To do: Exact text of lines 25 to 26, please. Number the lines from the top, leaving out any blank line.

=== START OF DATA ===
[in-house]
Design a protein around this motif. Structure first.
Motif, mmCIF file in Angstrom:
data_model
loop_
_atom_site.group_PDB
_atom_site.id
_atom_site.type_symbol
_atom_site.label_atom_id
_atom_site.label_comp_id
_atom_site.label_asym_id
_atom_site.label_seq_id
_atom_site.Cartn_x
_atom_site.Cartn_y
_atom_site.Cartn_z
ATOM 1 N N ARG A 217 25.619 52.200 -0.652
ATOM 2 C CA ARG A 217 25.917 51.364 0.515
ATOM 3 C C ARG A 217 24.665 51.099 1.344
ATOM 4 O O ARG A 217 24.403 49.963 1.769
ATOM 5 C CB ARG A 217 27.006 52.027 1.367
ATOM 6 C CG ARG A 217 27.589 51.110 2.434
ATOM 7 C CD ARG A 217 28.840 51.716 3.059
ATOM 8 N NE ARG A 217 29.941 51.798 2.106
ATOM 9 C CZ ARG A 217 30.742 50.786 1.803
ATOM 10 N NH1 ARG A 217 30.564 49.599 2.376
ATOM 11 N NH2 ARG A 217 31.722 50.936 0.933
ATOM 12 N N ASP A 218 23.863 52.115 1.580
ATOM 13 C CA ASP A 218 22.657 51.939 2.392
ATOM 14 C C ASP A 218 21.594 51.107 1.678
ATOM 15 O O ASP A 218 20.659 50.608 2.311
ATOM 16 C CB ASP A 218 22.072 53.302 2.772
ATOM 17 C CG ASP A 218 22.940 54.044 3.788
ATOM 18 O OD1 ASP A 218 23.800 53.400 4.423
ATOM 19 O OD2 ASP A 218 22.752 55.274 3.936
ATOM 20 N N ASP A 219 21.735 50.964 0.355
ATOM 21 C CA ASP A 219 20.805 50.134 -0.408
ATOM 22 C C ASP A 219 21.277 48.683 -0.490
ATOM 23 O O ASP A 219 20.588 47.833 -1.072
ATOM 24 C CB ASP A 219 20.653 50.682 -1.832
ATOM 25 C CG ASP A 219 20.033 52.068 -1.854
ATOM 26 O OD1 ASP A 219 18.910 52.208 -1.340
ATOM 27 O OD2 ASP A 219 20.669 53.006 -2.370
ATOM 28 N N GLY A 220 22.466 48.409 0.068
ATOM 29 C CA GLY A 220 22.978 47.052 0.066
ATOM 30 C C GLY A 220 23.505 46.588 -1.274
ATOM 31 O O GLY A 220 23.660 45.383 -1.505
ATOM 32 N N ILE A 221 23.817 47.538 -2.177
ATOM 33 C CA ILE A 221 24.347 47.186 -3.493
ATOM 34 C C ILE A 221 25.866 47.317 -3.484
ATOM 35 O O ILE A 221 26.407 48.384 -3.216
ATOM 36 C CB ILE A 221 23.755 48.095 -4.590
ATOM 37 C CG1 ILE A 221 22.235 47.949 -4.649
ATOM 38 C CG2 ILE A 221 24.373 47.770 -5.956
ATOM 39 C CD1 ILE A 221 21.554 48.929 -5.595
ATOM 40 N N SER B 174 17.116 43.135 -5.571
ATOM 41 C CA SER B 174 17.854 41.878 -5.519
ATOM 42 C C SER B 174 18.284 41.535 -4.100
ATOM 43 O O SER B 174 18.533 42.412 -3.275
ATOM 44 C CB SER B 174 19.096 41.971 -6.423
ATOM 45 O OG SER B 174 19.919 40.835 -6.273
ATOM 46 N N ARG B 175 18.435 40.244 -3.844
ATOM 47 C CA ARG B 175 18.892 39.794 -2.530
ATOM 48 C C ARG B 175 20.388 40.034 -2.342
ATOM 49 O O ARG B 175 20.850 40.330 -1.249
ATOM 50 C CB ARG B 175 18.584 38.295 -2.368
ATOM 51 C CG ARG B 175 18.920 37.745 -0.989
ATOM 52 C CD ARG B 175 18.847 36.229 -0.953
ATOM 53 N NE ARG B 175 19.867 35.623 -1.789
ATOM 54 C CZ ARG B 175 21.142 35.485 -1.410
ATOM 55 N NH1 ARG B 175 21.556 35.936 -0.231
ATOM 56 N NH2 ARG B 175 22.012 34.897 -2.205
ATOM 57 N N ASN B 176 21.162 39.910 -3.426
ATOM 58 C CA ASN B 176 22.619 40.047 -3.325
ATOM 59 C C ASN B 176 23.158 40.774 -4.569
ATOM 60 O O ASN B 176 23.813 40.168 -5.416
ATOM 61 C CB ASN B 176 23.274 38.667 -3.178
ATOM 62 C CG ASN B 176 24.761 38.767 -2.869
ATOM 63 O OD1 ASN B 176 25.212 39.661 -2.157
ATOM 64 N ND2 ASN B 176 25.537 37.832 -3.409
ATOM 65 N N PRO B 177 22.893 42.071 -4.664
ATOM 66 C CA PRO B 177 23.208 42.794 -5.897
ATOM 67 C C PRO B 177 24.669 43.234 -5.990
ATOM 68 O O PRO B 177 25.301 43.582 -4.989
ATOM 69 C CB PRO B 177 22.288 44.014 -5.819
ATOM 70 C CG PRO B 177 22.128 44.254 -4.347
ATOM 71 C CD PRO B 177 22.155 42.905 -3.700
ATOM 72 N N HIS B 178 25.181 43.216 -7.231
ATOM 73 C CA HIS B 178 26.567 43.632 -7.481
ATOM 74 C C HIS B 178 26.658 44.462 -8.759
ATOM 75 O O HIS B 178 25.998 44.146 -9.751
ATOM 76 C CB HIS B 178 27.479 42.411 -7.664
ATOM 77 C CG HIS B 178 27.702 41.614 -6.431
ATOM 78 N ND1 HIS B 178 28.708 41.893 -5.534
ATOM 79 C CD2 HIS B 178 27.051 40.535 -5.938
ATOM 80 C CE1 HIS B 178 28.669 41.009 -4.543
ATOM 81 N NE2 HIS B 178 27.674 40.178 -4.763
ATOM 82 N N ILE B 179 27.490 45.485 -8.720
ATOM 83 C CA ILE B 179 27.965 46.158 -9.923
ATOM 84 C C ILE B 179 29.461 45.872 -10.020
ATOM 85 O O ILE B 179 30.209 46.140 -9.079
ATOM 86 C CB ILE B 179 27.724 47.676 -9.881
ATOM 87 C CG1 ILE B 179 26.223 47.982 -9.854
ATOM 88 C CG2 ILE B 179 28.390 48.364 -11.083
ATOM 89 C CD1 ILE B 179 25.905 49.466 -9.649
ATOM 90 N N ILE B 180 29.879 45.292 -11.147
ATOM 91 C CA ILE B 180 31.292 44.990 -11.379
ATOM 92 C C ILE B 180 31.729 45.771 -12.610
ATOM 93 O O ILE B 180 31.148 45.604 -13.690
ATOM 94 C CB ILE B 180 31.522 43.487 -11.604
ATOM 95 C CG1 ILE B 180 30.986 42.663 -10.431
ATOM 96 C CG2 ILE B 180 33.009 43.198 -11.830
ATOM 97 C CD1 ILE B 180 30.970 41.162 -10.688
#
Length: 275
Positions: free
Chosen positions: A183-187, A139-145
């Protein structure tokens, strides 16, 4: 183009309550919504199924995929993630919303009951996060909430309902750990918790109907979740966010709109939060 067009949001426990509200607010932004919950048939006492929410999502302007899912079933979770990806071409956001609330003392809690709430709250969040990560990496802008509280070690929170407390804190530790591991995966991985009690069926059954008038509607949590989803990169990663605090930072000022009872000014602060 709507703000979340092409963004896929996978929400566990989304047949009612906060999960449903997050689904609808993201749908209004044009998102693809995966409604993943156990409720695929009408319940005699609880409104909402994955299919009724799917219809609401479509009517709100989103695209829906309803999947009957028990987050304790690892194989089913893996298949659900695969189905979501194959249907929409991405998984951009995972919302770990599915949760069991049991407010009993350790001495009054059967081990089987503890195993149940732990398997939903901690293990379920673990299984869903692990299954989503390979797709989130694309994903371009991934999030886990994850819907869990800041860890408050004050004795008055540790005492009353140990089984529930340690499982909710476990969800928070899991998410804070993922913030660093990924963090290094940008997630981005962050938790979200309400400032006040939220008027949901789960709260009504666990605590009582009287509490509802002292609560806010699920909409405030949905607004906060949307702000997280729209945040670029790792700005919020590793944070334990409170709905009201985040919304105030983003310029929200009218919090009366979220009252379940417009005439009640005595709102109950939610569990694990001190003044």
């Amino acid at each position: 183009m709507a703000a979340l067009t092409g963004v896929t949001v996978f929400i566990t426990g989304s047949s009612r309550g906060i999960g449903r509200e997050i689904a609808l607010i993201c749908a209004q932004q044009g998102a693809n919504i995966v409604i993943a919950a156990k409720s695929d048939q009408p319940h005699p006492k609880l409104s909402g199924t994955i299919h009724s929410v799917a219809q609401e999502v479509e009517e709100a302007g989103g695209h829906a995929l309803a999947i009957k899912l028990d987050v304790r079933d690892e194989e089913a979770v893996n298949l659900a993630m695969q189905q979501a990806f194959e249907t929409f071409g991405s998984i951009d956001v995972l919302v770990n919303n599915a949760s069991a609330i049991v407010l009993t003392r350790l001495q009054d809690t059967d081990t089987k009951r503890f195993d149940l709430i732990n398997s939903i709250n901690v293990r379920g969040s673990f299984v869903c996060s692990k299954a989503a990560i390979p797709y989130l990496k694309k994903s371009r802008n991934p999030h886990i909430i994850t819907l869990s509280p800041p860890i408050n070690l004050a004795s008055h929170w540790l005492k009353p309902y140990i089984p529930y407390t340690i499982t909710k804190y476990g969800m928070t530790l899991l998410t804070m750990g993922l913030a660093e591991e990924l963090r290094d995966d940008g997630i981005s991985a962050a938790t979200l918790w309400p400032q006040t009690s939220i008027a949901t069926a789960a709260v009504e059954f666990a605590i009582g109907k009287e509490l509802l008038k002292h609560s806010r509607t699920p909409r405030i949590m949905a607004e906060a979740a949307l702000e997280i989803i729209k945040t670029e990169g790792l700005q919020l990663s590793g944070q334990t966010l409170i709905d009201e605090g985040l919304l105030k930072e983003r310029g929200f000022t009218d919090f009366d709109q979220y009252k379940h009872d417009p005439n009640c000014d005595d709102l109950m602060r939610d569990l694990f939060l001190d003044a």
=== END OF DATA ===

ATOM 10 N NH1 ARG A 217 30.564 49.599 2.376
ATOM 11 N NH2 ARG A 217 31.722 50.936 0.933